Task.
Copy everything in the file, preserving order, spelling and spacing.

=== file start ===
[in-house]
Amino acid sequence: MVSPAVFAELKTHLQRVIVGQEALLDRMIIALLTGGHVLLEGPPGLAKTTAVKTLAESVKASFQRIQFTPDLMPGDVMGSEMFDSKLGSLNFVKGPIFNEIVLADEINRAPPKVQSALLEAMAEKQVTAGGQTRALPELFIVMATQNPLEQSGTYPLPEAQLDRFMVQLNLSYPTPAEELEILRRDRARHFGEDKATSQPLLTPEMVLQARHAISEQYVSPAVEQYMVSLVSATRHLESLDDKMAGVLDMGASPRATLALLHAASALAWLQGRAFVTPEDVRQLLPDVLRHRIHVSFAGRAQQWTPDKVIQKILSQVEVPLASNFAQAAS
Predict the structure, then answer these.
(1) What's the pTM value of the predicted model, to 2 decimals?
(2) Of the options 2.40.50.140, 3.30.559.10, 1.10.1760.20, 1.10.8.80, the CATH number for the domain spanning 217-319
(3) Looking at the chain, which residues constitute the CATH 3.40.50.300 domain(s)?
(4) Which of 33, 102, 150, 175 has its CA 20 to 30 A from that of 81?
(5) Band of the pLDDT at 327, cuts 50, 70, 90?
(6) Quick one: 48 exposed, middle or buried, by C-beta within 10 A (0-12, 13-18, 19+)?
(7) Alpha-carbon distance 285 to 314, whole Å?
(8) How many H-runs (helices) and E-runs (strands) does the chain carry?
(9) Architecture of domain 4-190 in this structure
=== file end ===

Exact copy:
[in-house]
Amino acid sequence: MVSPAVFAELKTHLQRVIVGQEALLDRMIIALLTGGHVLLEGPPGLAKTTAVKTLAESVKASFQRIQFTPDLMPGDVMGSEMFDSKLGSLNFVKGPIFNEIVLADEINRAPPKVQSALLEAMAEKQVTAGGQTRALPELFIVMATQNPLEQSGTYPLPEAQLDRFMVQLNLSYPTPAEELEILRRDRARHFGEDKATSQPLLTPEMVLQARHAISEQYVSPAVEQYMVSLVSATRHLESLDDKMAGVLDMGASPRATLALLHAASALAWLQGRAFVTPEDVRQLLPDVLRHRIHVSFAGRAQQWTPDKVIQKILSQVEVPLASNFAQAAS
Predict the structure, then answer these.
(1) What's the pTM value of the predicted model, to 2 decimals?
(2) Of the options 2.40.50.140, 3.30.559.10, 1.10.1760.20, 1.10.8.80, the CATH number for the domain spanning 217-319
(3) Looking at the chain, which residues constitute the CATH 3.40.50.300 domain(s)?
(4) Which of 33, 102, 150, 175 has its CA 20 to 30 A from that of 81?
(5) Band of the pLDDT at 327, cuts 50, 70, 90?
(6) Quick one: 48 exposed, middle or buried, by C-beta within 10 A (0-12, 13-18, 19+)?
(7) Alpha-carbon distance 285 to 314, whole Å?
(8) How many H-runs (helices) and E-runs (strands) does the chain carry?
(9) Architecture of domain 4-190 in this structure